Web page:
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Urban park will be transferred.

Washington, D.C. - Conservationists including NPCA lost a long and bitter fight when President Clinton signed a bill to transfer out of National Park Service care two islands in the District of Columbia's Anacostia River.

Introduced by Rep. Eleanor Holmes Norton (D-Delegate-D.C.) in April 1995, the bill (H.R. 1508) was signed into law on July 19. The proposal transfers title of Heritage island and part of Kingman Island to the District of Columbia government, which plans to allow the Island Development Corporation (IDC) to build a theme park on the islands. The for-profit theme park would charge admission (currently the park is free) and offer rides, games, and movies on the islands.

Children would undoubtedly enjoy the theme park, but NPCA and other environmental and civic organizations are concerned that the park's natural values will be forever lost to these children and to future generations. Home to more than 60 pairs of great blue herons as well as osprey, bald eagles, and other wildlife, the park is one of the last remaining places in the Washington metropolitan area not yet touched by development.

"This short-sighted legislation provides a dreadful precedent that will be difficult to distinguish from other attempts to give away our children's heritage for the benefit of a few," stated NPCA President Paul C. Pritchard in a July 17 letter urging Clinton to veto the bill. NPCA contends that the proposal directly countermands the presidents recently announced initiative to aid the Anacostia area and conservationists' continuing efforts to dean up the Chesapeake Bay watershed.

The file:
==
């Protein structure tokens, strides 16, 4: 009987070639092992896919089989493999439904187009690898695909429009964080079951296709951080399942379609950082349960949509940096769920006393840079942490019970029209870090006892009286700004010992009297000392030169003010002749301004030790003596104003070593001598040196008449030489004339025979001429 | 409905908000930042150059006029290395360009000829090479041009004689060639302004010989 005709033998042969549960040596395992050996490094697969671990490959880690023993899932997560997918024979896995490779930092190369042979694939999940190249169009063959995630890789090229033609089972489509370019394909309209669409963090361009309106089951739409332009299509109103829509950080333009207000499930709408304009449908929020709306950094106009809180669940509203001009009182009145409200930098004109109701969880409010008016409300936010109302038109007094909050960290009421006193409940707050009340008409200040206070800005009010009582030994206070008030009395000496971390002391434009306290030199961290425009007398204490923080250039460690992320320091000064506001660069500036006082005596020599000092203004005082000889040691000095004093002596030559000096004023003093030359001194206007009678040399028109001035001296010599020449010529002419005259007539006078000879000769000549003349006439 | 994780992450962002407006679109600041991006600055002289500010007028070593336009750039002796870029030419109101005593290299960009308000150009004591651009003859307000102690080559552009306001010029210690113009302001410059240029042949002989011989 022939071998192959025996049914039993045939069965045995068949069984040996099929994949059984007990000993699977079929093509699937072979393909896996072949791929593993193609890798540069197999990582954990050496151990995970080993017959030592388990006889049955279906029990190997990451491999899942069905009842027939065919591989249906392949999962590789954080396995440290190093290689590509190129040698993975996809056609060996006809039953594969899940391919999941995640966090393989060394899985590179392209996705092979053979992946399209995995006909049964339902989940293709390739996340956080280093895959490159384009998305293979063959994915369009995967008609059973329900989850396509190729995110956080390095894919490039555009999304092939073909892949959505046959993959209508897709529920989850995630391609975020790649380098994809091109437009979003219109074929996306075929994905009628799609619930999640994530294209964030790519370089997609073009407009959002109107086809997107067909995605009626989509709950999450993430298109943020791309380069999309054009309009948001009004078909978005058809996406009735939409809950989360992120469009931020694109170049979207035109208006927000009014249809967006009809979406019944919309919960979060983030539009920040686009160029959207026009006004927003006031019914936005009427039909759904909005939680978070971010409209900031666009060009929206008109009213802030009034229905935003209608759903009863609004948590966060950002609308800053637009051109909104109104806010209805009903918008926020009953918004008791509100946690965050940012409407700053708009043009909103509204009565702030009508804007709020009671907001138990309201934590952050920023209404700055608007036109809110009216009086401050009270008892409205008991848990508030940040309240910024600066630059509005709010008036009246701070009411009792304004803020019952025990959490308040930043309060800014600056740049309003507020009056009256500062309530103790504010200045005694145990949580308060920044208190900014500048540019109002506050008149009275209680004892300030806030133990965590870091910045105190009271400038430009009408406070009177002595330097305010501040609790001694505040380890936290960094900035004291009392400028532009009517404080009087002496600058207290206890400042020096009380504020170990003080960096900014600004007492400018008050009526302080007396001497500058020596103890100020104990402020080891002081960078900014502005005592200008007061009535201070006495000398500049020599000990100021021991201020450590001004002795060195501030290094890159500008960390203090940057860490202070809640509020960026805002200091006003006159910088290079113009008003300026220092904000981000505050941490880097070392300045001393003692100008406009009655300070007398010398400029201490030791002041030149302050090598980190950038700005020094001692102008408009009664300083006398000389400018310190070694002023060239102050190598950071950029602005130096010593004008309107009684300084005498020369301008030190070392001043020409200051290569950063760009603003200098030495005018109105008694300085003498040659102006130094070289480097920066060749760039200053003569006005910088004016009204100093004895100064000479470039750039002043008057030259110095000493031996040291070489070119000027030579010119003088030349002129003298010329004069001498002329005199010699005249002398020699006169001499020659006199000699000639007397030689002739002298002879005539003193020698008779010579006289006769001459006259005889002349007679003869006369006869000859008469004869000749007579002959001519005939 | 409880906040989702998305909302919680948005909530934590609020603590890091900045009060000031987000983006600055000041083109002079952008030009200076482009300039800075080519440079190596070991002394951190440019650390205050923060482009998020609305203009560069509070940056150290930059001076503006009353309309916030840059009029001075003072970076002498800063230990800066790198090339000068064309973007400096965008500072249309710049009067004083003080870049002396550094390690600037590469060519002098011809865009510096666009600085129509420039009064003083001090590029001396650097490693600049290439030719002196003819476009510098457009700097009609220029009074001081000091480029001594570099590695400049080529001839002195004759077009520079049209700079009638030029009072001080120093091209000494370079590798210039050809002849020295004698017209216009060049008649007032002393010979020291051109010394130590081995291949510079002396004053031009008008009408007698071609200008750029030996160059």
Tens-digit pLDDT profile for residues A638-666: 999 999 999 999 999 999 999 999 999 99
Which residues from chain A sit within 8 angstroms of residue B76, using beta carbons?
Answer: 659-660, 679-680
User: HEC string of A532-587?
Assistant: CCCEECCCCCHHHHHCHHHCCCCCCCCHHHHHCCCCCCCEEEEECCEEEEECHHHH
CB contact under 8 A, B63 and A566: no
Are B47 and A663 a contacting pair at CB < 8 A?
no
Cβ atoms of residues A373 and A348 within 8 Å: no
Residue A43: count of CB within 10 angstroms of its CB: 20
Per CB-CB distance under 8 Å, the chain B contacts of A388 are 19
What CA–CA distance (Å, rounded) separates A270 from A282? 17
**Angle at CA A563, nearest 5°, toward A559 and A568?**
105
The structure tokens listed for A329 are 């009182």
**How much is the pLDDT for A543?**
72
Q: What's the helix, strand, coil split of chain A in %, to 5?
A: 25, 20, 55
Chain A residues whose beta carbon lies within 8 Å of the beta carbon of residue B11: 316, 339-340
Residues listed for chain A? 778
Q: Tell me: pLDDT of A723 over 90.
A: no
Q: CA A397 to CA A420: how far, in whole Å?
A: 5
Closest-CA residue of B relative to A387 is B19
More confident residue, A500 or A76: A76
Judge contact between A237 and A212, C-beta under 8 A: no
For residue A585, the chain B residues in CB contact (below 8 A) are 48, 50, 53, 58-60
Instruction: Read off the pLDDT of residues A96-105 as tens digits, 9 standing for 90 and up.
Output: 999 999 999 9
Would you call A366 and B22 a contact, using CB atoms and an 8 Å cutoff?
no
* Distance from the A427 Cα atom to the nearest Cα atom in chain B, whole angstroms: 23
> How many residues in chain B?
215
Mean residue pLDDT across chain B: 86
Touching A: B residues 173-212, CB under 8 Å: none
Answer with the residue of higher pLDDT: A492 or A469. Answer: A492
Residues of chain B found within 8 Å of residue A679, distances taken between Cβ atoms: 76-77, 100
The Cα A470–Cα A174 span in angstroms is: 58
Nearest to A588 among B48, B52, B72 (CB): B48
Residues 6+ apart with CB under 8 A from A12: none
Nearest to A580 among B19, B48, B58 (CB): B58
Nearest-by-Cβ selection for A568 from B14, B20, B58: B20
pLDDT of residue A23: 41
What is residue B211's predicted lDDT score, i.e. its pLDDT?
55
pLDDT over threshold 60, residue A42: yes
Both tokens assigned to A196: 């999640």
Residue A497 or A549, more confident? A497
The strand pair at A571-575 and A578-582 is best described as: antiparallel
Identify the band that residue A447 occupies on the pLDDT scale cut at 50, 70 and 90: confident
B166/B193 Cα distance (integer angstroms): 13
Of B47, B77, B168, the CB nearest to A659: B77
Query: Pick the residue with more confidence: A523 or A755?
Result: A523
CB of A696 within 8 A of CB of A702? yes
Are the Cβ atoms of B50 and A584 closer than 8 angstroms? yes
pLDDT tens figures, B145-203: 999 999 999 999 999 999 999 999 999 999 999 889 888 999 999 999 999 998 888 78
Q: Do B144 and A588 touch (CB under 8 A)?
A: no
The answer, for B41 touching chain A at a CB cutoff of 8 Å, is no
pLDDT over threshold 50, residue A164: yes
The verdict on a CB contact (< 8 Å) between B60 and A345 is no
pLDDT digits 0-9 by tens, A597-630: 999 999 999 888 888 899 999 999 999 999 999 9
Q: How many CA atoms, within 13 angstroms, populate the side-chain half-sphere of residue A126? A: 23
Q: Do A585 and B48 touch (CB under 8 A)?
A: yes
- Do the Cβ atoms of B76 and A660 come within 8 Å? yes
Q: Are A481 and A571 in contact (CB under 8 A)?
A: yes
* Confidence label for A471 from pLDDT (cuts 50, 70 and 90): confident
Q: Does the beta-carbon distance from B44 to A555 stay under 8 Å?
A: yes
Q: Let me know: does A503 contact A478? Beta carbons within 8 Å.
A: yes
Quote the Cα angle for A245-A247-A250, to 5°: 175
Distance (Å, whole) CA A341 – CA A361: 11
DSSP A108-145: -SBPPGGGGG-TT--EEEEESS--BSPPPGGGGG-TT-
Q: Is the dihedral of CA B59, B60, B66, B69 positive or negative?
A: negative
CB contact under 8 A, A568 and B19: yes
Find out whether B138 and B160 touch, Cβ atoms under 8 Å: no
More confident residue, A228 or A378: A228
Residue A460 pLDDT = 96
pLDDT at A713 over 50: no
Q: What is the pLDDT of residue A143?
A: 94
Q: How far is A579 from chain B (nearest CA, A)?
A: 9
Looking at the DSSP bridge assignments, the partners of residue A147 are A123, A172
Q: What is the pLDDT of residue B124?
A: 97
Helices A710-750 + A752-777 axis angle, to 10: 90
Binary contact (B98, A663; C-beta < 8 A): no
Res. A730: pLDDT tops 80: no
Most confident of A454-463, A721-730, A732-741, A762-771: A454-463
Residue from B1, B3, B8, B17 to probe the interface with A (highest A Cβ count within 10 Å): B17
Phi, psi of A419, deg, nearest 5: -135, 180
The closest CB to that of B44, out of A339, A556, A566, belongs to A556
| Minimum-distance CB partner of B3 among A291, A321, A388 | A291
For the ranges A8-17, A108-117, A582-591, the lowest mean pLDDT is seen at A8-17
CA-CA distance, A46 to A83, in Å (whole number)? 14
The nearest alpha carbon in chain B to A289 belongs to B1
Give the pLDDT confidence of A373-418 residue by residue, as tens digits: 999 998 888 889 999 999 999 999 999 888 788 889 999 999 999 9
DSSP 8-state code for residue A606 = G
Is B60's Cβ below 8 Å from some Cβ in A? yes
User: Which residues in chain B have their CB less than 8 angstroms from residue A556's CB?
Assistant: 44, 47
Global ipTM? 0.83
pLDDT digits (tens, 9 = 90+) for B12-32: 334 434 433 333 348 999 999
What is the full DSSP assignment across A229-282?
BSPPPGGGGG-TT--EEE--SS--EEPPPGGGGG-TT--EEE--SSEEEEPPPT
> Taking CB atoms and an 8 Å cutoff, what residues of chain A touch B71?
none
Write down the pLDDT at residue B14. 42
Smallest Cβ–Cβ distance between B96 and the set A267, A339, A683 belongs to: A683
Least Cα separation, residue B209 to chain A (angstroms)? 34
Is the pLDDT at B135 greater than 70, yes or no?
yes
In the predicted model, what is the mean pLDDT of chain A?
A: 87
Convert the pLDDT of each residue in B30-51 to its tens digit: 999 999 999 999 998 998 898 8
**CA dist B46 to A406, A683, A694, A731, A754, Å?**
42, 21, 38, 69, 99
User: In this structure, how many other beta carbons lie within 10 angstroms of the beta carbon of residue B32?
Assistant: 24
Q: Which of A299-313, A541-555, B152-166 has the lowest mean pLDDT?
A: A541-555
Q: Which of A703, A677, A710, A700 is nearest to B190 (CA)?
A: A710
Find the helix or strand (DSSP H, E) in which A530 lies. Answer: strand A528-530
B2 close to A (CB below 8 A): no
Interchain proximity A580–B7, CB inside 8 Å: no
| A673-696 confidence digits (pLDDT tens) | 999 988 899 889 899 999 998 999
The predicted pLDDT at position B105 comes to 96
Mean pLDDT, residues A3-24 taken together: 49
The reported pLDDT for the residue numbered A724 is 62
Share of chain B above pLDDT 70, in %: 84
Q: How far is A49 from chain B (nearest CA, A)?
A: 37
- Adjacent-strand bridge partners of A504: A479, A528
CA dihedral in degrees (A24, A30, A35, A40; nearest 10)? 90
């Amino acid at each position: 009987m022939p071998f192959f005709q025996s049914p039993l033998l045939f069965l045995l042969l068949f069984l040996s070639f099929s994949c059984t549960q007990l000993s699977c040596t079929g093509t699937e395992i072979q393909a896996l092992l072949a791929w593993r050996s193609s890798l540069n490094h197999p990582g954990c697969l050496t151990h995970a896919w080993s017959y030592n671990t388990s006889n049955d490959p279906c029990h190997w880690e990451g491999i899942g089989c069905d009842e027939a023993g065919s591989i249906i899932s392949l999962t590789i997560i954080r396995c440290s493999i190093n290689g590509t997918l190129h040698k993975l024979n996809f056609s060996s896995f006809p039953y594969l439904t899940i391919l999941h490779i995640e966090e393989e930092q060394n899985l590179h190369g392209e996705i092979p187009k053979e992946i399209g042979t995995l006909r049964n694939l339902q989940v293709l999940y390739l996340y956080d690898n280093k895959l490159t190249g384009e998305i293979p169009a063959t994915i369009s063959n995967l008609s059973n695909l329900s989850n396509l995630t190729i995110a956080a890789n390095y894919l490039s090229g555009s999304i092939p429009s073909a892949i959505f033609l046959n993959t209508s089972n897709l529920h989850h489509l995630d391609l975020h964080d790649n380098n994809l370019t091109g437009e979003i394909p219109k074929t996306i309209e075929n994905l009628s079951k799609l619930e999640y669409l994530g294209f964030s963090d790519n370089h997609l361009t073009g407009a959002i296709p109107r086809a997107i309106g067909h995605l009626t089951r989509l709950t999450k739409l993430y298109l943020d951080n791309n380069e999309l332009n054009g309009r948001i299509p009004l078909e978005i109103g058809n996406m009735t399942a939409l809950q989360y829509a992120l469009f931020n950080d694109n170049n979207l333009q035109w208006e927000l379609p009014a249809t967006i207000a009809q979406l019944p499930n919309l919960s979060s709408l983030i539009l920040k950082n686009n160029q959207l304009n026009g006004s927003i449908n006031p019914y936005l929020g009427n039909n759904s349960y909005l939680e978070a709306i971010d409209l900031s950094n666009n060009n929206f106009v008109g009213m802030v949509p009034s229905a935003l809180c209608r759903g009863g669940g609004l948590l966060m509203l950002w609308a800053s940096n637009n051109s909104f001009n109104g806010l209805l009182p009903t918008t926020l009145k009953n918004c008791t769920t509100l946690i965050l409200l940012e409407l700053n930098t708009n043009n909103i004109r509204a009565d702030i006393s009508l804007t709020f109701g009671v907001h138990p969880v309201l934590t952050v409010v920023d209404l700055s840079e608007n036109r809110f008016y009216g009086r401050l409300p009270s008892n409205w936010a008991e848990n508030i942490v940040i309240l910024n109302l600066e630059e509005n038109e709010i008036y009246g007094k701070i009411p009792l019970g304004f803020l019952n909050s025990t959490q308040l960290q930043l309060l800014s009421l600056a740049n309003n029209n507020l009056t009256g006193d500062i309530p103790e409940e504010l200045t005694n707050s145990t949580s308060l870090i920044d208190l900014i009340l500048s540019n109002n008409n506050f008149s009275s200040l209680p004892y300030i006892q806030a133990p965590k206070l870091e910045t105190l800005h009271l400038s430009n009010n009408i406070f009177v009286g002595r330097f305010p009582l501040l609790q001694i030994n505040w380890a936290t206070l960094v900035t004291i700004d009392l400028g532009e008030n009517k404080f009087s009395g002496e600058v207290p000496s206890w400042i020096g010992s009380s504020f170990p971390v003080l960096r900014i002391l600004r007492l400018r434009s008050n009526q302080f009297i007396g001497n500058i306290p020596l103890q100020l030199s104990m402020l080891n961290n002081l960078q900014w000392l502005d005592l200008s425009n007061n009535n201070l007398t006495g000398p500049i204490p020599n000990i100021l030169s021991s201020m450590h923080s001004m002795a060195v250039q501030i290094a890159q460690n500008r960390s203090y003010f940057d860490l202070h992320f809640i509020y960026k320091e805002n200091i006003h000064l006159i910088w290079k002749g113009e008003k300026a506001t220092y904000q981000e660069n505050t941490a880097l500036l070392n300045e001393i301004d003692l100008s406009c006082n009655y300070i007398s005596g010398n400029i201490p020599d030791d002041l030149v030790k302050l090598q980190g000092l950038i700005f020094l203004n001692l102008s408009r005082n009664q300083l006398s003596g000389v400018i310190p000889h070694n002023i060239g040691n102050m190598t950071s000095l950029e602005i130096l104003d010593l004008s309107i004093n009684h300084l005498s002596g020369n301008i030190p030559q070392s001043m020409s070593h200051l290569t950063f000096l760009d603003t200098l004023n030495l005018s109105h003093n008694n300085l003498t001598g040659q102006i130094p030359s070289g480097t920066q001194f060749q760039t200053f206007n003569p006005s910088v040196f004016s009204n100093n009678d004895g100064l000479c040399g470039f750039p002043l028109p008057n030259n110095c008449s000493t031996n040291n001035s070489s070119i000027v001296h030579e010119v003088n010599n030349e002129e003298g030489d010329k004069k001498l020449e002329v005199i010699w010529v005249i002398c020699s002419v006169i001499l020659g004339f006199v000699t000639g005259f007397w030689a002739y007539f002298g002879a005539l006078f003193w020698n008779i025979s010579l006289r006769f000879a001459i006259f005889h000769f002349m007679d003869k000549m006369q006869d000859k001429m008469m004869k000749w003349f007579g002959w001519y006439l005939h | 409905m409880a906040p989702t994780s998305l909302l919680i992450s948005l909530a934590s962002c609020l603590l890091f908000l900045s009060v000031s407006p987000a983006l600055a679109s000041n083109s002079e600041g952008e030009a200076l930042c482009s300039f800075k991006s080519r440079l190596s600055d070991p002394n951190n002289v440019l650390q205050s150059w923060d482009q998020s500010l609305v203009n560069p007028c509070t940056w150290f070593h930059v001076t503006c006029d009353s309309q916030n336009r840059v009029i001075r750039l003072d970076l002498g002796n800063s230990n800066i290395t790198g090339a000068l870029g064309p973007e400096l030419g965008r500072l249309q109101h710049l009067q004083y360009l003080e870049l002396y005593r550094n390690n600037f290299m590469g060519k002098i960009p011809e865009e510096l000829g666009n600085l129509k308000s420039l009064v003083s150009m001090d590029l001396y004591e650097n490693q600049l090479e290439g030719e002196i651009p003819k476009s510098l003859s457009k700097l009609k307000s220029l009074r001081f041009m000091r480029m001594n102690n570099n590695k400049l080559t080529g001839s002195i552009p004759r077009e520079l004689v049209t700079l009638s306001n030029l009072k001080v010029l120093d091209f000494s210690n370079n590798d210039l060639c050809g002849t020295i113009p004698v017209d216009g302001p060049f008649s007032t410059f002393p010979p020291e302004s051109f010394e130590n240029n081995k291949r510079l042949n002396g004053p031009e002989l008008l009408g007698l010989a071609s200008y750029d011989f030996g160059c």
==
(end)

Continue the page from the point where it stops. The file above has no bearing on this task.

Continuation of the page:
In addition, the new law nullifies a court order. In December 1993, a U.S. District Court judge decided in favor of a lawsuit contesting the transfer that was filed by the Sierra Club Legal Defense Fund on behalf of NPCA and other groups. The judge declared the transfer improper and ordered the Park Service to prepare an environmental impact statement in compliance with the National Environmental Policy Act (NEPA). Although die new law requires that the District of Columbia review IDC's plans in full compliance with NEPA, it negates the judges order for a full environmental review by NPS.

NPCA will continue to work with all parties to protect the islands' natural features.
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Title Annotation:two Washington, DC parks changed from federal to city's jurisdiction
Author:O'Connell, Kim A.
Publication:National Parks
Date:Sep 1, 1996
Words:372
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